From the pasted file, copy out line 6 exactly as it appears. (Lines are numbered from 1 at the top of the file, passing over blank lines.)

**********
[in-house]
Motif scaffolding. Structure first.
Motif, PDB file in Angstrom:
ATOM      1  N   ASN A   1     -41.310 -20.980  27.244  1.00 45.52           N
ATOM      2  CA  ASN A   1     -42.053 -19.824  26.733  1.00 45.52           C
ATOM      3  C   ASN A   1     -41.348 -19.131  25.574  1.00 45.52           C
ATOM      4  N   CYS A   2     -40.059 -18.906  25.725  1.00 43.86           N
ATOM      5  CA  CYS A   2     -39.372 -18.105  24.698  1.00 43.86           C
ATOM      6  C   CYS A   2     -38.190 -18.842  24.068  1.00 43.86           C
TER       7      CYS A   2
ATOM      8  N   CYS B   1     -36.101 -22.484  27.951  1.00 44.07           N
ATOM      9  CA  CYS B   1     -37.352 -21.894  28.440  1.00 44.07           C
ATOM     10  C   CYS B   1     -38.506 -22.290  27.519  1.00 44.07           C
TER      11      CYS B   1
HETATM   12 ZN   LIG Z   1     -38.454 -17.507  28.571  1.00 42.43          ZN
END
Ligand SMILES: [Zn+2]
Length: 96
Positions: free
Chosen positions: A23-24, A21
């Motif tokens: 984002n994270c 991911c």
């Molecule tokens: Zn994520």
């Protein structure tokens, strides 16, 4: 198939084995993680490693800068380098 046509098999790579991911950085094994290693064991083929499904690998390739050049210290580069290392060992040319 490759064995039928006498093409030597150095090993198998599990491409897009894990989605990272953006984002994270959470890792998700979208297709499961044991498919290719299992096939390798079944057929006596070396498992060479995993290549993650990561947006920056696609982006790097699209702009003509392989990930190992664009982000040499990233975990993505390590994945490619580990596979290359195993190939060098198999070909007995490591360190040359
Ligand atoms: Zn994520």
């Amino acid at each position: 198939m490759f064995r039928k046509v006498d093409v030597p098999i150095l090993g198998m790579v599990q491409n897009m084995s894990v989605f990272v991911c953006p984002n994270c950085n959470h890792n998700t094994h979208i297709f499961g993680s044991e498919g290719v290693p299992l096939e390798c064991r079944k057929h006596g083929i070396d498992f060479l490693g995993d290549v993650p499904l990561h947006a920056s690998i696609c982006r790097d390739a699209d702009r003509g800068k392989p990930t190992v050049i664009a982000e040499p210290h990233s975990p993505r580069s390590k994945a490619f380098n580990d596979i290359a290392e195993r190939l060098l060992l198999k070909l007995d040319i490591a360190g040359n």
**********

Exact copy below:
ATOM      3  C   ASN A   1     -41.348 -19.131  25.574  1.00 45.52           C